OK, this one isn't much of a surprise. I mean, they're an oil company. Are you surprised that ExxonMobil has contributed more than $1.5 million to ALEC's hardline climate-change-doubting agenda over the last 17 years?
7. FedEx and
How's this for cozy? UPS's vice president of corporate public affairs is the second vice chairman of ALEC's private enterprise advisory board. Meanwhile, FedEx has at least one lobbyist on the executive committee for ALEC's Commerce, Insurance, and Economic Development Task Force. Good thing can we still rely on the U.S. Postal Serv ... I can't even type that sentence with a straight face, ugh.
9. Pfizer and
Both Pfizer and Novartis benefitted greatly from ALEC's Data Quality Act, which made it legal for corporations to validate and regulate their own scientific data (thus enabling them to get away with using cheaper chemical shortcuts in products that cause damage to human beings as well as the environment). They've also played a major part in fighting against health care reform and in protecting pharmaceutical companies from liability lawsuits.
11. The Wall Street Journal
So much for free press, huh? It might be acceptable for media companies to have corporate relationships, but not when they disguise ALEC propaganda as independent editorial content. (Perhaps not that surprising, considering that The Wall Street Journal is also owned by Rupert Murdoch.)
But recently, ALEC's schemes have gotten so bad that some supposedly awful corporations have cut ties with them.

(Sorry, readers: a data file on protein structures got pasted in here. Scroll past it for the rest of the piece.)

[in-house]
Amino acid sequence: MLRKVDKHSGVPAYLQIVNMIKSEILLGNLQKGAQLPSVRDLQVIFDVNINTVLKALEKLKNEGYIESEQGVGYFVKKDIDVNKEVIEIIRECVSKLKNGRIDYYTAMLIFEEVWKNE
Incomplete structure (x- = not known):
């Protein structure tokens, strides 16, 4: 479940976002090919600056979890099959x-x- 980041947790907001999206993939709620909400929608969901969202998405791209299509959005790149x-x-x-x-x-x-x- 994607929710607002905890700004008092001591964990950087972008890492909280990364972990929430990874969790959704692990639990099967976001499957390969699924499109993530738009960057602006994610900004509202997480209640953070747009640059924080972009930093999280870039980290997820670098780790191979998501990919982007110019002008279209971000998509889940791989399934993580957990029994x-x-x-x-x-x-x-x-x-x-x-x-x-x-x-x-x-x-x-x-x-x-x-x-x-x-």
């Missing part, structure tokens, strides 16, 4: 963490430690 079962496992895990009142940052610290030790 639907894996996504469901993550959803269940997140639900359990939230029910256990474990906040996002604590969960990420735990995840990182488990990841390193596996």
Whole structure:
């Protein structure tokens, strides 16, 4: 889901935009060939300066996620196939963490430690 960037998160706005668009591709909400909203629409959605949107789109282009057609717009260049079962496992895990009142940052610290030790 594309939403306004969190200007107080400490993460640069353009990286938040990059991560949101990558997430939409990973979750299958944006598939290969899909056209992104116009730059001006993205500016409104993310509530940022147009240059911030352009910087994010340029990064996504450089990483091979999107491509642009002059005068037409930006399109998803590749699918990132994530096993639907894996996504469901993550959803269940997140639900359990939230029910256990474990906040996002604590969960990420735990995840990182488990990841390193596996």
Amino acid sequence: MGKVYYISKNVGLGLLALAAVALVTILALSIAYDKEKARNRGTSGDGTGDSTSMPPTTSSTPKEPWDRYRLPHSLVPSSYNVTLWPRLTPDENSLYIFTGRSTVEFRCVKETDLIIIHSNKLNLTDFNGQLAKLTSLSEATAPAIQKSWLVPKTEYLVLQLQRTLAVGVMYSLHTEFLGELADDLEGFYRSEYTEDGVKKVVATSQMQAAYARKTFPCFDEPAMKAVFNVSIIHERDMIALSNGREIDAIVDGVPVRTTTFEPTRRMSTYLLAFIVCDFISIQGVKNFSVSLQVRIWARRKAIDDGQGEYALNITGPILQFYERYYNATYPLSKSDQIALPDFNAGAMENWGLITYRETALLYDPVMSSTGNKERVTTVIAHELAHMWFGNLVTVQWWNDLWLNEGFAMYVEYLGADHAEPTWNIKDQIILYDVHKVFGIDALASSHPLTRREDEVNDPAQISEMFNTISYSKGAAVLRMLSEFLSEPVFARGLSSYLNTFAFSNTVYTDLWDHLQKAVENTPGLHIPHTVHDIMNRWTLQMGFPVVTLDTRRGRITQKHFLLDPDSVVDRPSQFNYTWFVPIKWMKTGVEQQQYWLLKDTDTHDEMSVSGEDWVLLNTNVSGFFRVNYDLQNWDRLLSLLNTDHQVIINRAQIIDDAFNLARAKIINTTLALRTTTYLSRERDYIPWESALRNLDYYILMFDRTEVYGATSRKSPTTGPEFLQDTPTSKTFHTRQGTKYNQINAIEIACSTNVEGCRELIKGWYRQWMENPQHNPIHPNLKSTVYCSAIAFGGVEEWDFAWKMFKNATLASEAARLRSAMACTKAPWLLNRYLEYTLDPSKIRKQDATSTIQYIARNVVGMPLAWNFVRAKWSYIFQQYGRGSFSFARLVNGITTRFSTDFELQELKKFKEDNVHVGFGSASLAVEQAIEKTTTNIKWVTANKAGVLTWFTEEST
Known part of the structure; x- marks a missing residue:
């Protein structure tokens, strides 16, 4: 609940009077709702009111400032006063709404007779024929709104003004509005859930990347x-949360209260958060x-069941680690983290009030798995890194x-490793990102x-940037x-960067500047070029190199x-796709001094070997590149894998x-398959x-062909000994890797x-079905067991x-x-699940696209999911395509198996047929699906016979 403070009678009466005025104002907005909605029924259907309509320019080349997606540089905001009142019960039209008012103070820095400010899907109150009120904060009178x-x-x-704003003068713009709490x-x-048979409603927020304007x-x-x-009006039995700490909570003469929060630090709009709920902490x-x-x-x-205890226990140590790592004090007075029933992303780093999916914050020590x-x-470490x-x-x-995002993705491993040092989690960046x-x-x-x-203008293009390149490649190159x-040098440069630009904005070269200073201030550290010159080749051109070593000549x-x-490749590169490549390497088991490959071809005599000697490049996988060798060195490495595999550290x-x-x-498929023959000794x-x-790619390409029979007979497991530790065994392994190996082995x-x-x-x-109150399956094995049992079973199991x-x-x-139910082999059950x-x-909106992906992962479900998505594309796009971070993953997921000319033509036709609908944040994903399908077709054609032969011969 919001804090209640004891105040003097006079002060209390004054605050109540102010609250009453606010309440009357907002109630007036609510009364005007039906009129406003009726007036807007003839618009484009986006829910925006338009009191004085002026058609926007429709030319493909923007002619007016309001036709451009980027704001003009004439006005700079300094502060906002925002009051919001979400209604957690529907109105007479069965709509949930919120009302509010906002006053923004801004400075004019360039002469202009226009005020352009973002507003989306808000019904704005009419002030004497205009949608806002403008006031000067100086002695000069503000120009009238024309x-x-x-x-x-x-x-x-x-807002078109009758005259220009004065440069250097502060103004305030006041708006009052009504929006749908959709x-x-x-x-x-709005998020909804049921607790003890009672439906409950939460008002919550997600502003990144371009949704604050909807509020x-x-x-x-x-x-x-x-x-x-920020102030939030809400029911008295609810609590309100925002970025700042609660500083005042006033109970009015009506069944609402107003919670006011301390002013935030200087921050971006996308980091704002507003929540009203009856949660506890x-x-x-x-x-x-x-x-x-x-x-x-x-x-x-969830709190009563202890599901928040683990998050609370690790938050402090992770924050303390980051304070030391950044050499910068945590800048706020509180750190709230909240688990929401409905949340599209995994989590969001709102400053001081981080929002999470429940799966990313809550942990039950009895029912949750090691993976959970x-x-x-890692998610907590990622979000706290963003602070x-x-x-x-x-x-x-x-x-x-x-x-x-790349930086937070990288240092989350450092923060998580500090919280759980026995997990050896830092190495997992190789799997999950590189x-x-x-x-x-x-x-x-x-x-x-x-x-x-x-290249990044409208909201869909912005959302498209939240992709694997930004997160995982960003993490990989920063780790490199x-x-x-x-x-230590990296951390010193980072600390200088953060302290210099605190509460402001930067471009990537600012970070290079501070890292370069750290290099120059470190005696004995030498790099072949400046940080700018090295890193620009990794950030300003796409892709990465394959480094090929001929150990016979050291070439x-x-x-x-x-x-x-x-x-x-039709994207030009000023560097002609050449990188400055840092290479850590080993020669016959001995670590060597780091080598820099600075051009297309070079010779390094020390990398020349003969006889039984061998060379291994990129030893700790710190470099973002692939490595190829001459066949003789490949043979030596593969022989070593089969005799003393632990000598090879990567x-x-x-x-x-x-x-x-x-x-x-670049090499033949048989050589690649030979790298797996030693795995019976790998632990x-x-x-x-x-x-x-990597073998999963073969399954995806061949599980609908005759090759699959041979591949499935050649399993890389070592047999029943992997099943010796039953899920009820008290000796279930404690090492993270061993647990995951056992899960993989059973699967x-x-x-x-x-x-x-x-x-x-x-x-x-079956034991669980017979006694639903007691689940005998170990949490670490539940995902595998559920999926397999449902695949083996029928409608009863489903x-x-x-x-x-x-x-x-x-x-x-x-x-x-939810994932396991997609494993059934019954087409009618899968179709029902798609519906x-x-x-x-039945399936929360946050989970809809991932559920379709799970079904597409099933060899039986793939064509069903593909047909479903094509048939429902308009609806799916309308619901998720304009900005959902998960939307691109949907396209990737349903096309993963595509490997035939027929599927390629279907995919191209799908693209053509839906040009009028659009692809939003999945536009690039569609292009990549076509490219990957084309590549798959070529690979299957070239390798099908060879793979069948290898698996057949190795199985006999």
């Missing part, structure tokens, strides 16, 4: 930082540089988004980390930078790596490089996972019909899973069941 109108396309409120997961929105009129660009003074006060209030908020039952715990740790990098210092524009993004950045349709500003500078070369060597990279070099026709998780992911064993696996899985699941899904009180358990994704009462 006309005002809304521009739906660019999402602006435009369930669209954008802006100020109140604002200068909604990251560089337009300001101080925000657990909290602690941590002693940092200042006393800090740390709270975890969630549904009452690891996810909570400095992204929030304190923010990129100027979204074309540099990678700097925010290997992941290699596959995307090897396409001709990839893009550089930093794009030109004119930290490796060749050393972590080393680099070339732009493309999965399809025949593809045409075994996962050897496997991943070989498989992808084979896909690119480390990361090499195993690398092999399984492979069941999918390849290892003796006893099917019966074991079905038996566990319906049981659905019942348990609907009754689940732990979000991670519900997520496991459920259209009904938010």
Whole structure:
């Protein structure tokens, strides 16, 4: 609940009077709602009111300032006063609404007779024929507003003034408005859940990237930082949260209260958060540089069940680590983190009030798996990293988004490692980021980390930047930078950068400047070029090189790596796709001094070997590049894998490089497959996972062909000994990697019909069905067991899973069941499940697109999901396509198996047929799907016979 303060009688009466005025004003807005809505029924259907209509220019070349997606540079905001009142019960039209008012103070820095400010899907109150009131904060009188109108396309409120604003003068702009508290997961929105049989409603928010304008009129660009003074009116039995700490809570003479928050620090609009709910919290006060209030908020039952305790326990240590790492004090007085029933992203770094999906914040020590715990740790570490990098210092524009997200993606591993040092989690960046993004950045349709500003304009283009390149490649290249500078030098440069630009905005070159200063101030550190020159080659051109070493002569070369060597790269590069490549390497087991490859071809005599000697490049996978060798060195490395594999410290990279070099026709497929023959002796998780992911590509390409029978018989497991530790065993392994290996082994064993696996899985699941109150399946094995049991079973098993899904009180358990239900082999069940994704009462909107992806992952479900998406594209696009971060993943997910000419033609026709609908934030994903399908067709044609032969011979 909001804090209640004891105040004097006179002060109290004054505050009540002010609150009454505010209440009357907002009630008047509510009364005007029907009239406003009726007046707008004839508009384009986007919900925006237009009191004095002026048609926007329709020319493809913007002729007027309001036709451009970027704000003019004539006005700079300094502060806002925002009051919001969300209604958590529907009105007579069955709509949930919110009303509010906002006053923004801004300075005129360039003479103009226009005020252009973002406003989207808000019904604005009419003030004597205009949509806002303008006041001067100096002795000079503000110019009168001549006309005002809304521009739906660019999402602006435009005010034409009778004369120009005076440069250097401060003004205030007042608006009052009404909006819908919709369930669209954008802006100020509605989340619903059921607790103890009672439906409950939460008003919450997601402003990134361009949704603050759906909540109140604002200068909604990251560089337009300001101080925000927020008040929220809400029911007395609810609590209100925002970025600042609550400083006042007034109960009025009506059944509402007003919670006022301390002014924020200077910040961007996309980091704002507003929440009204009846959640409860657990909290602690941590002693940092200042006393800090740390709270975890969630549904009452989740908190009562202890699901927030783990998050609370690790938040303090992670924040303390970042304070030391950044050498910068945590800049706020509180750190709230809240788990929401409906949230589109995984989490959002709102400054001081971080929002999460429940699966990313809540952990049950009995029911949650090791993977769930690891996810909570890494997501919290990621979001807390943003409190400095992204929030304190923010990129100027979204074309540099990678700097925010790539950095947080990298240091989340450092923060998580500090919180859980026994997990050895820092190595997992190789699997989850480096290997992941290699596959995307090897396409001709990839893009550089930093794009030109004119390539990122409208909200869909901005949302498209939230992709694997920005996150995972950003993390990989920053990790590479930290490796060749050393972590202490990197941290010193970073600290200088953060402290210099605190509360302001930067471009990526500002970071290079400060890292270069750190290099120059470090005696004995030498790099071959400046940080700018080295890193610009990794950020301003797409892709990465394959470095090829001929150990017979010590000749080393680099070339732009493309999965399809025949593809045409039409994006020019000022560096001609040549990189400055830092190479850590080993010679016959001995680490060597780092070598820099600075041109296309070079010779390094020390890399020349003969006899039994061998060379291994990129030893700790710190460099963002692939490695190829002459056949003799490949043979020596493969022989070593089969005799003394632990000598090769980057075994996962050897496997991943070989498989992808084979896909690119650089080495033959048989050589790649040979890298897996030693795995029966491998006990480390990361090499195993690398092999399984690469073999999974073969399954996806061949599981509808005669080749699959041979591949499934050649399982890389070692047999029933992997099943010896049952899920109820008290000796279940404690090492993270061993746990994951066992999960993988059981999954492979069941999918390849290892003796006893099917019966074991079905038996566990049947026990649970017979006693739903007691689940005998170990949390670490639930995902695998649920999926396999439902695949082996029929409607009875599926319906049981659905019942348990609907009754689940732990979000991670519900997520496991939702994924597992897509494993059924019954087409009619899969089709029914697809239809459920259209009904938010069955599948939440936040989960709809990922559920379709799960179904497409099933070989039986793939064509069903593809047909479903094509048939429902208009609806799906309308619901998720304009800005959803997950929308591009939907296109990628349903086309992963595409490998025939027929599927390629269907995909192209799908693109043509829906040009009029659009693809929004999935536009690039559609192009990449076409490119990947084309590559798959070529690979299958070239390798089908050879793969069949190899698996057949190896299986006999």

And thankfully, it make have sparked a trend: Fellow oil giant Royal Dutch Shell also cut ties with ALEC in August 2015, and they actually had something sensible to say about it: "We have long recognised both the importance of the climate challenge and the critical role energy has in determining quality of life for people across the world," a spokesman said. "As part of an ongoing review of memberships and affiliations, we will be letting our association with ALEC lapse when the current contracted term ends early next year."
Granted, Shell still forged ahead with their plans to drill for oil in the Arctic despite the potentially disastrous environmental impact and only stopped when they decided it wouldn't be profitable enough. But still; we'll take it.
ALEC may still have a stronghold on politics — but we can still vote with both our ballots and our dollars.
What can you do in the face of seemingly endless political corruption and board rooms building built-to-fail schemes to keep the sway of power in their favor? Simple: Refuse to play their games. They can't win if there's no one to play against.
For starters, you can refuse to support the ALEC-affiliated corporations above. Be a conscientious consumer and take your business elsewhere whenever possible. If there's no alternative, you can always sign this petition to pressure companies to cut their ties with the American Legislative Exchange Council.
And finally, refuse to give your vote to any politician who still has ALEC's dirt on their hands. It won't fix everything, but it's a darn good start.